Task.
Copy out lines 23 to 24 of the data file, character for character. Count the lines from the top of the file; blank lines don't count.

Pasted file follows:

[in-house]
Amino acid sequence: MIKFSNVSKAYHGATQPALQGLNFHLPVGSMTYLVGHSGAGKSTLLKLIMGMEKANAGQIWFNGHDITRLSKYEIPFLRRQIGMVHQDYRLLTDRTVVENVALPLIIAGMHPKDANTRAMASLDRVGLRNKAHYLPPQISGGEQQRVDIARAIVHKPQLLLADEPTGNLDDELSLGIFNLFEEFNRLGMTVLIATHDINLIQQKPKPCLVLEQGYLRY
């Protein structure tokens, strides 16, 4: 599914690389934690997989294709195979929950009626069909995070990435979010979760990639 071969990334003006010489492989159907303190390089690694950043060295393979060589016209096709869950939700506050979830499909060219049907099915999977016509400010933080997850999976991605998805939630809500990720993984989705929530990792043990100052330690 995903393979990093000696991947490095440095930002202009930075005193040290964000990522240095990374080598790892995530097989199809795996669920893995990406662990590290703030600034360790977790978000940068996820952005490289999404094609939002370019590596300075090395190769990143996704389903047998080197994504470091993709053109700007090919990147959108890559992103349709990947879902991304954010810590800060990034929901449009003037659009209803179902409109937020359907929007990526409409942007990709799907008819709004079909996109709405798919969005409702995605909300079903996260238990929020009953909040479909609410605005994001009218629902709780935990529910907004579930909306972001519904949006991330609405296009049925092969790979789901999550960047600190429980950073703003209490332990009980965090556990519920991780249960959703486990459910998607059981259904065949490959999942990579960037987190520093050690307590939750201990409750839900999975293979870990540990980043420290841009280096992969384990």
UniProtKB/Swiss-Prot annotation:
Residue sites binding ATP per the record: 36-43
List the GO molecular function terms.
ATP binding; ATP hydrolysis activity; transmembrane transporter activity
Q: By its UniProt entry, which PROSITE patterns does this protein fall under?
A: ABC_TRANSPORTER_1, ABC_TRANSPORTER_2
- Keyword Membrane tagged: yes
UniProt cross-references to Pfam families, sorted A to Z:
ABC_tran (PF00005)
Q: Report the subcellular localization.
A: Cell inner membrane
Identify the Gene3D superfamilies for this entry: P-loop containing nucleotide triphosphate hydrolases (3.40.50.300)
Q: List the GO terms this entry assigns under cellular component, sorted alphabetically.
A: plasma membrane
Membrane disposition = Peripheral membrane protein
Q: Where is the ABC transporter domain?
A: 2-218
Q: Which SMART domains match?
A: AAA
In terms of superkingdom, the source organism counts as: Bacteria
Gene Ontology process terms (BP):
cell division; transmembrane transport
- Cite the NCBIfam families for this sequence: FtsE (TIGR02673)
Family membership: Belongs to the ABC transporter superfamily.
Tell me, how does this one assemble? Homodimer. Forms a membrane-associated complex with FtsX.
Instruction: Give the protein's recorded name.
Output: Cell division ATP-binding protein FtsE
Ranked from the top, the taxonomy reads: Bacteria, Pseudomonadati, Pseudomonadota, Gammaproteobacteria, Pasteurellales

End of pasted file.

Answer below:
In terms of superkingdom, the source organism counts as: Bacteria
Gene Ontology process terms (BP):